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Liza Minnelli: Live at the Barnes & Noble

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More than 100 people spanned the length of the block along Broadway between 66th and 67th Streets in New York City on Tuesday morning and waited in the frigid temperatures and light snow to buy a CD. Well, actually a two CD-set, Liza's at the Palace that features 18 of Superstar Liza Minnelli's popular tunes including Cabaret and New York, New York.

But the real prize for adoring fans: the first 160 purchasers received hot pink wristbands for entrance to a short performance at the store that night. By10:25 a.m., the wristbands were gone.

Jill Anders, 28, a performer herself was first on line at 3 a.m. "Liza's kind of a theatre icon," said Anders, "and I adore the theatre." Anders lives on the Upper West Side. As to the wait, "it's nice to have something to look forward to," she said. "Especially in this economy."

Number two was Larry Sosna, 50, a train operator for the Metropolitan Transportation Authority. "My girlfriend, Theresa, is a big fan. I'm a big fan, too," he said. "We went to the show at The Palace." And in the spirit of ""What Makes a Man a Man," one of the songs on Minnelli's new CD, Sosna planned to give his wristband to his girlfriend.

"She's almost acting as if she's singing," said Wilda Gall, 55, a limousine driver from Palm Springs, Calif., who was one of the early risers at the front of the line. "I've loved her all my life," she said. "I'm going to come back tonight and you won't recognize me. I'm going to look like her (Liza)!" Gall doesn't have a favorite tune. "There's one for every mood."

"She tells stories through her songs, said Yvonne Gleason, 48, a writer and editor who traveled to New York City from Centreville, VA, 45 minutes west of Washington, D.C. " If she could, said Gleason "I'd ask her to sing me a story."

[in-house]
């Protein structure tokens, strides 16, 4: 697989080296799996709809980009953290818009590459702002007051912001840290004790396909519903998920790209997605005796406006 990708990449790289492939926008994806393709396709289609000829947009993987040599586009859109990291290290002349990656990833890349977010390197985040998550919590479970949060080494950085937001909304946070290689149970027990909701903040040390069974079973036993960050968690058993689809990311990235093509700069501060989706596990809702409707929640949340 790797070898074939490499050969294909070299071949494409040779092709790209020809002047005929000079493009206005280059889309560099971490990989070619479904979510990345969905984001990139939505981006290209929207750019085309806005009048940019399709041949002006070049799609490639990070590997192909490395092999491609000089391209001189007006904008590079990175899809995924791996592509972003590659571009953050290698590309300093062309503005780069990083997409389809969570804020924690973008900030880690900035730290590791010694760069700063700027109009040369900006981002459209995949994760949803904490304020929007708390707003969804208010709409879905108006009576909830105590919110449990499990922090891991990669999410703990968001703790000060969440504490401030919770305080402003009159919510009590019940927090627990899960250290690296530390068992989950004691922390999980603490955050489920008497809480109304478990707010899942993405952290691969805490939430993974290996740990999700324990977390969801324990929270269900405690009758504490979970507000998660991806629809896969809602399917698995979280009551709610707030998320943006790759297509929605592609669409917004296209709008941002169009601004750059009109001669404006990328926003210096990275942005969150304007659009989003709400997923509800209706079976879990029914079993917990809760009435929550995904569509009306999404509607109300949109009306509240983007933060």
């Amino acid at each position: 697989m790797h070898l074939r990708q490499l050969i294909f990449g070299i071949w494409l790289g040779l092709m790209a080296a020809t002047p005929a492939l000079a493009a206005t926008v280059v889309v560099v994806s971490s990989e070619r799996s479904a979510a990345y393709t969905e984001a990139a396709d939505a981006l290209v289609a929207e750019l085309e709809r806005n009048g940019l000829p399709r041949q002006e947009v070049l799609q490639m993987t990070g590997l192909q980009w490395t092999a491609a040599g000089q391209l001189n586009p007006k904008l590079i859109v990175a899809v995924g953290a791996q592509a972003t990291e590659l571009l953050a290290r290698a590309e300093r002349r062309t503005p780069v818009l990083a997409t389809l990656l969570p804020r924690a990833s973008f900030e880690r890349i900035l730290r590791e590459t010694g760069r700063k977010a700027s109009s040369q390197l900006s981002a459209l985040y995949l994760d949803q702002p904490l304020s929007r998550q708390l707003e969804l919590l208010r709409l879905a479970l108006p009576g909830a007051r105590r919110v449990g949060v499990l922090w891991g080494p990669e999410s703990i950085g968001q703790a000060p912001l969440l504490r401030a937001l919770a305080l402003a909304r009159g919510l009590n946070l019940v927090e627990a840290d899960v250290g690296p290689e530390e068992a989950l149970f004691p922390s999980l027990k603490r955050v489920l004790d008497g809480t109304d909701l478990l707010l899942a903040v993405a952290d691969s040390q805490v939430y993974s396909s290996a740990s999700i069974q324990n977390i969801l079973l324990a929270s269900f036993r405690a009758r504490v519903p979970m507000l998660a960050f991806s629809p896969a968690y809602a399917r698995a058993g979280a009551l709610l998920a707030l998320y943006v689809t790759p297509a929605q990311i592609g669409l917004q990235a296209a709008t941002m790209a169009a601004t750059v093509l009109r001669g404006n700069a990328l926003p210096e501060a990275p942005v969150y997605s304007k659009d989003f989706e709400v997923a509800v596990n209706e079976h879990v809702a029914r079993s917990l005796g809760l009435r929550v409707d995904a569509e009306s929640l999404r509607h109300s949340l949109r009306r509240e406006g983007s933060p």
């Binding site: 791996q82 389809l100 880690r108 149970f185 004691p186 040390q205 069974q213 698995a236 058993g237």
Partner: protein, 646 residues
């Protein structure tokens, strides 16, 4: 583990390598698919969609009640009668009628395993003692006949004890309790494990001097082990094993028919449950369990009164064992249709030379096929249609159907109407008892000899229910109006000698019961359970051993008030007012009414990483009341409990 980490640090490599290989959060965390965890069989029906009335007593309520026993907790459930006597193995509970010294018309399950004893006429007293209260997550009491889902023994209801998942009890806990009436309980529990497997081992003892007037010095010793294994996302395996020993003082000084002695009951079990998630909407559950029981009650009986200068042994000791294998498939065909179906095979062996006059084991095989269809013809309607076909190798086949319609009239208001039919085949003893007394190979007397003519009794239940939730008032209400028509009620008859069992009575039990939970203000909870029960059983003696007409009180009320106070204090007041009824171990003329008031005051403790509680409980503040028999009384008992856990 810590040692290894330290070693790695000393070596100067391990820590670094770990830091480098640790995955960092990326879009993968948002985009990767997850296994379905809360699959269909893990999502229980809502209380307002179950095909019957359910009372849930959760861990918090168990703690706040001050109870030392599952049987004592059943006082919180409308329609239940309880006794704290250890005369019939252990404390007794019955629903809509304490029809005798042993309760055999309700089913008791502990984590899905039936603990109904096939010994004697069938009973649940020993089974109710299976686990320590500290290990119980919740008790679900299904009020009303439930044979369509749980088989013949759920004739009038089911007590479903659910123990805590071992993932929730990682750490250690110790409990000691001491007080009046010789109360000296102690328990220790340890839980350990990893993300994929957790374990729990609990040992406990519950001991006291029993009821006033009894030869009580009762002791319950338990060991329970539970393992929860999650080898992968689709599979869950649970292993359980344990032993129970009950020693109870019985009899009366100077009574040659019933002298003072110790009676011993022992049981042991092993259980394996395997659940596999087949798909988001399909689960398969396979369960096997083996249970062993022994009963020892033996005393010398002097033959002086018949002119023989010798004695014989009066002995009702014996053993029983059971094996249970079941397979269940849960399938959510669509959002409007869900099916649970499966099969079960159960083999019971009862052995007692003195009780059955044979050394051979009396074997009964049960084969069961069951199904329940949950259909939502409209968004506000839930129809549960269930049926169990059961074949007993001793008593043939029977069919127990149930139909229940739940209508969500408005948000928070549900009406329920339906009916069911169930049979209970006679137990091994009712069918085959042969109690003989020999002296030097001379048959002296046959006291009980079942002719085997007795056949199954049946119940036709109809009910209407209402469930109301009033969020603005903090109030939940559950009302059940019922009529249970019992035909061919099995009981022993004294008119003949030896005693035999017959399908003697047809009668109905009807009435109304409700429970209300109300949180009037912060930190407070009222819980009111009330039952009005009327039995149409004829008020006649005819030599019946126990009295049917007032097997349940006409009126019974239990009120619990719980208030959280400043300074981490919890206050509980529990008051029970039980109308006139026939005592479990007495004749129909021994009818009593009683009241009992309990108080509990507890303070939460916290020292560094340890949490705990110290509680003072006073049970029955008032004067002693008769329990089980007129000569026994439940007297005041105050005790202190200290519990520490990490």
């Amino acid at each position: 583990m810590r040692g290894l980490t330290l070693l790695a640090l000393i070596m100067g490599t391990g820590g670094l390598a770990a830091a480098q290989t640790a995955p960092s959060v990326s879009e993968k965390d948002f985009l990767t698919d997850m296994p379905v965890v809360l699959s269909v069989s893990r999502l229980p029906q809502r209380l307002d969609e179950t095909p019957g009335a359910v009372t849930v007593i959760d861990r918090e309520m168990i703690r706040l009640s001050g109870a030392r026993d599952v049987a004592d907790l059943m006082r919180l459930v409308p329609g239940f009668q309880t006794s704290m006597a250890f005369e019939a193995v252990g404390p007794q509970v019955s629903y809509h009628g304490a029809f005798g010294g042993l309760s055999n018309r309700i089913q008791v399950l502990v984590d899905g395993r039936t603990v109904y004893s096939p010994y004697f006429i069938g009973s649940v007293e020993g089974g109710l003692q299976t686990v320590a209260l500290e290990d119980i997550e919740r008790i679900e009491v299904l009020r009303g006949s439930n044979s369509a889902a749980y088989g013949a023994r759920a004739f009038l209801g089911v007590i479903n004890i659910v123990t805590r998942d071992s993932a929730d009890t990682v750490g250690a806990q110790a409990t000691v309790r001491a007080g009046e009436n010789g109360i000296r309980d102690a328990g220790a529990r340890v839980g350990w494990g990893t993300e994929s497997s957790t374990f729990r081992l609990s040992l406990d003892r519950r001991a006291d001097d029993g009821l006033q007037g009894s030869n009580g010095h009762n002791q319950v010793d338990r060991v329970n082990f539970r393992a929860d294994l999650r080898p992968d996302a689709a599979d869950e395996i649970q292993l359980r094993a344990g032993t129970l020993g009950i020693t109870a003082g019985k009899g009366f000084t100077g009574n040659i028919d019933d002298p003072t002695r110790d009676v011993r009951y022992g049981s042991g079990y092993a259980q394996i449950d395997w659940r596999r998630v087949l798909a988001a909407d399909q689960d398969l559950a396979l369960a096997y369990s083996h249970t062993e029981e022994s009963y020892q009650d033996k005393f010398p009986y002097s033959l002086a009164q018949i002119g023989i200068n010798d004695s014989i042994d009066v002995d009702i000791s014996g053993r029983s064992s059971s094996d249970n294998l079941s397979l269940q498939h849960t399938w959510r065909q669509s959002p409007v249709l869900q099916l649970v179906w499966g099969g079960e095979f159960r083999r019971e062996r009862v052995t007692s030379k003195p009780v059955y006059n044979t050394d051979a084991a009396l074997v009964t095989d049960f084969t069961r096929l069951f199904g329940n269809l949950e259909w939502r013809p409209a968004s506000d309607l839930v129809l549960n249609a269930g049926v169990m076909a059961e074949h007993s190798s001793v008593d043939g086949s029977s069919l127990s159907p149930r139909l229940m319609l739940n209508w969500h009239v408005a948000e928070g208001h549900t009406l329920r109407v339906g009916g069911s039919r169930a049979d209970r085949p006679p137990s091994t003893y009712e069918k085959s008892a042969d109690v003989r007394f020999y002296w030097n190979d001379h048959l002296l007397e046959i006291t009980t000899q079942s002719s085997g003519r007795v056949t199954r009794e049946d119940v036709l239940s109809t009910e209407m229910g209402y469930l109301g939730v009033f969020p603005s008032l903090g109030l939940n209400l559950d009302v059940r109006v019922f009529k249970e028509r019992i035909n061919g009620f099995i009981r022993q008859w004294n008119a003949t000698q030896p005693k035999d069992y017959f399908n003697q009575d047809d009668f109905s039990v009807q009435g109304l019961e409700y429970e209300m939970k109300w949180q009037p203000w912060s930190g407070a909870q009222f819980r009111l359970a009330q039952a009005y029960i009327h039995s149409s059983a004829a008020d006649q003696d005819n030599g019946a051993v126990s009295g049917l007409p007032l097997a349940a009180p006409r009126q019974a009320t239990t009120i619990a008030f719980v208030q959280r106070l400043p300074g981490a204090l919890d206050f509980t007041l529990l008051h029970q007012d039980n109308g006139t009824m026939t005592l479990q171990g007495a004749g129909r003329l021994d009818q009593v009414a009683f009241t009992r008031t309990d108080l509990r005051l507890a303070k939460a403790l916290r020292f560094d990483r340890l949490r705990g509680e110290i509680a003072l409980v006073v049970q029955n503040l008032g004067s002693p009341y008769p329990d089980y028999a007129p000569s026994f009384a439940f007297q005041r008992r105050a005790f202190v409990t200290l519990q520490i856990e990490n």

John Figliolia, 60, a plumbing contractor from Homedale, New Jersey, said he's always been a fan and remembered seeing Minnelli's mother, Judy Garland, in Las Vegas when she was with the Rat Pack. But Tuesday morning, he waited on line for a wristband to give to his daughter who is a singer. "If you don't do it for your kids, who are you going to do it for?"

Meeting Ms. Minnelli will be an encore for Figliolia's daughter Christina, 24. The two women met on Monday at The Morning Show with Mike and Juliet. "She's been my inspiration for years," said the aspiring starlet by telephone who recently recorded her first demo CD.

Heather Lamothe, 23, who works in retail, joined the line at 4:30 a.m. She was introduced to the Liza phenomenon when she saw "Cabaret" in a theatre class at the lnternational College of Design and Technology in Chicago. Seeing her Tuesday night meant she would accomplish her 2009 goal of "meeting Liza, who is probably one of, if not THE, last big stars," said Lamothe.

"Liza is a real honest to God performer," said Tom Schmauder, 54, a calligrapher from Queens. "I've never done anything like this before," he said, "but I've been a life-long fan." He grew up in Copiague, New York on Long Island where his father played music by Minnelli and Sinatra after dinner on Sundays. "Liza's had her ups and downs, growing up with that crazy mother, but she keeps on coming back," said Schmauder. "That's why they say 'she's back.'" Besides, "things are so lousy with the economy, and in this day of lip-synching. What the hell?" added Schmauder. "Movie stars to the rescue!"

Recipients of the pink wristbands were told by store employees to line up again outside the store at 5 p.m. for admission to the performance. "Can't you let us stand inside?" barked an older fan who declined to give her name. "It's inhumane."

"There's always one disgruntled person," said Christine Condello, corporate and institutional sales manager of the store. New York, New York. It's a hell of a town.